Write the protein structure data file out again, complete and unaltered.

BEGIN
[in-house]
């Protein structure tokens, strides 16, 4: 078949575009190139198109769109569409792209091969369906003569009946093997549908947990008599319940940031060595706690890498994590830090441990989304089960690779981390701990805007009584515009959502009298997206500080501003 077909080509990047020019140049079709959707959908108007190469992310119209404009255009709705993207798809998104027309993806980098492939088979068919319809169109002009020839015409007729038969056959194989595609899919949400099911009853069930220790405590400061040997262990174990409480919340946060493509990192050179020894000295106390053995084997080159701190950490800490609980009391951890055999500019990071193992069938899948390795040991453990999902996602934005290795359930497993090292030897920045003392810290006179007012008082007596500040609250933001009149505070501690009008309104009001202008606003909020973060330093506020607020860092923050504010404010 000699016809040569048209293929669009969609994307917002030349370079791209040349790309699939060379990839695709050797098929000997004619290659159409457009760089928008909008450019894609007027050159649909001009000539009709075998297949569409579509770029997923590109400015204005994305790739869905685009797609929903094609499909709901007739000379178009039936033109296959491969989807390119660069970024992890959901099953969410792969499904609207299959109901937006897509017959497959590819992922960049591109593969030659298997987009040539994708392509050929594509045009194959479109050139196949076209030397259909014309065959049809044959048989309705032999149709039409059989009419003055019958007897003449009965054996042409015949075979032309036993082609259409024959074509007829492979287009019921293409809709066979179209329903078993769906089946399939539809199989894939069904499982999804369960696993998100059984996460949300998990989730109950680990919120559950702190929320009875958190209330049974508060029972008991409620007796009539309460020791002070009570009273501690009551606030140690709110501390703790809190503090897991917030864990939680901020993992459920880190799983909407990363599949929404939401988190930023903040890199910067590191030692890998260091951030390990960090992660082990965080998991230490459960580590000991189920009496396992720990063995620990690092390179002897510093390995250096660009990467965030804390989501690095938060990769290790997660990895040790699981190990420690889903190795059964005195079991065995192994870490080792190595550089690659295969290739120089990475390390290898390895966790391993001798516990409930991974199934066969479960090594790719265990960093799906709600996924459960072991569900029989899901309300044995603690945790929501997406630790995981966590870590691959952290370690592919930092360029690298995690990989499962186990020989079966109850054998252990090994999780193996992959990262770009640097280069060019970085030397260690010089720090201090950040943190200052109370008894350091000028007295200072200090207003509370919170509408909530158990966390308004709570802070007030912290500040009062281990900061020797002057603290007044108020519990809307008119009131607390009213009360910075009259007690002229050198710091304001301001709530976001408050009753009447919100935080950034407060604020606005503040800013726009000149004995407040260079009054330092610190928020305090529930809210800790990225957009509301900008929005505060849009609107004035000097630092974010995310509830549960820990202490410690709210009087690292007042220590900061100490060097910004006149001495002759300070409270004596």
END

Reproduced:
[in-house]
């Protein structure tokens, strides 16, 4: 078949575009190139198109769109569409792209091969369906003569009946093997549908947990008599319940940031060595706690890498994590830090441990989304089960690779981390701990805007009584515009959502009298997206500080501003 077909080509990047020019140049079709959707959908108007190469992310119209404009255009709705993207798809998104027309993806980098492939088979068919319809169109002009020839015409007729038969056959194989595609899919949400099911009853069930220790405590400061040997262990174990409480919340946060493509990192050179020894000295106390053995084997080159701190950490800490609980009391951890055999500019990071193992069938899948390795040991453990999902996602934005290795359930497993090292030897920045003392810290006179007012008082007596500040609250933001009149505070501690009008309104009001202008606003909020973060330093506020607020860092923050504010404010 000699016809040569048209293929669009969609994307917002030349370079791209040349790309699939060379990839695709050797098929000997004619290659159409457009760089928008909008450019894609007027050159649909001009000539009709075998297949569409579509770029997923590109400015204005994305790739869905685009797609929903094609499909709901007739000379178009039936033109296959491969989807390119660069970024992890959901099953969410792969499904609207299959109901937006897509017959497959590819992922960049591109593969030659298997987009040539994708392509050929594509045009194959479109050139196949076209030397259909014309065959049809044959048989309705032999149709039409059989009419003055019958007897003449009965054996042409015949075979032309036993082609259409024959074509007829492979287009019921293409809709066979179209329903078993769906089946399939539809199989894939069904499982999804369960696993998100059984996460949300998990989730109950680990919120559950702190929320009875958190209330049974508060029972008991409620007796009539309460020791002070009570009273501690009551606030140690709110501390703790809190503090897991917030864990939680901020993992459920880190799983909407990363599949929404939401988190930023903040890199910067590191030692890998260091951030390990960090992660082990965080998991230490459960580590000991189920009496396992720990063995620990690092390179002897510093390995250096660009990467965030804390989501690095938060990769290790997660990895040790699981190990420690889903190795059964005195079991065995192994870490080792190595550089690659295969290739120089990475390390290898390895966790391993001798516990409930991974199934066969479960090594790719265990960093799906709600996924459960072991569900029989899901309300044995603690945790929501997406630790995981966590870590691959952290370690592919930092360029690298995690990989499962186990020989079966109850054998252990090994999780193996992959990262770009640097280069060019970085030397260690010089720090201090950040943190200052109370008894350091000028007295200072200090207003509370919170509408909530158990966390308004709570802070007030912290500040009062281990900061020797002057603290007044108020519990809307008119009131607390009213009360910075009259007690002229050198710091304001301001709530976001408050009753009447919100935080950034407060604020606005503040800013726009000149004995407040260079009054330092610190928020305090529930809210800790990225957009509301900008929005505060849009609107004035000097630092974010995310509830549960820990202490410690709210009087690292007042220590900061100490060097910004006149001495002759300070409270004596």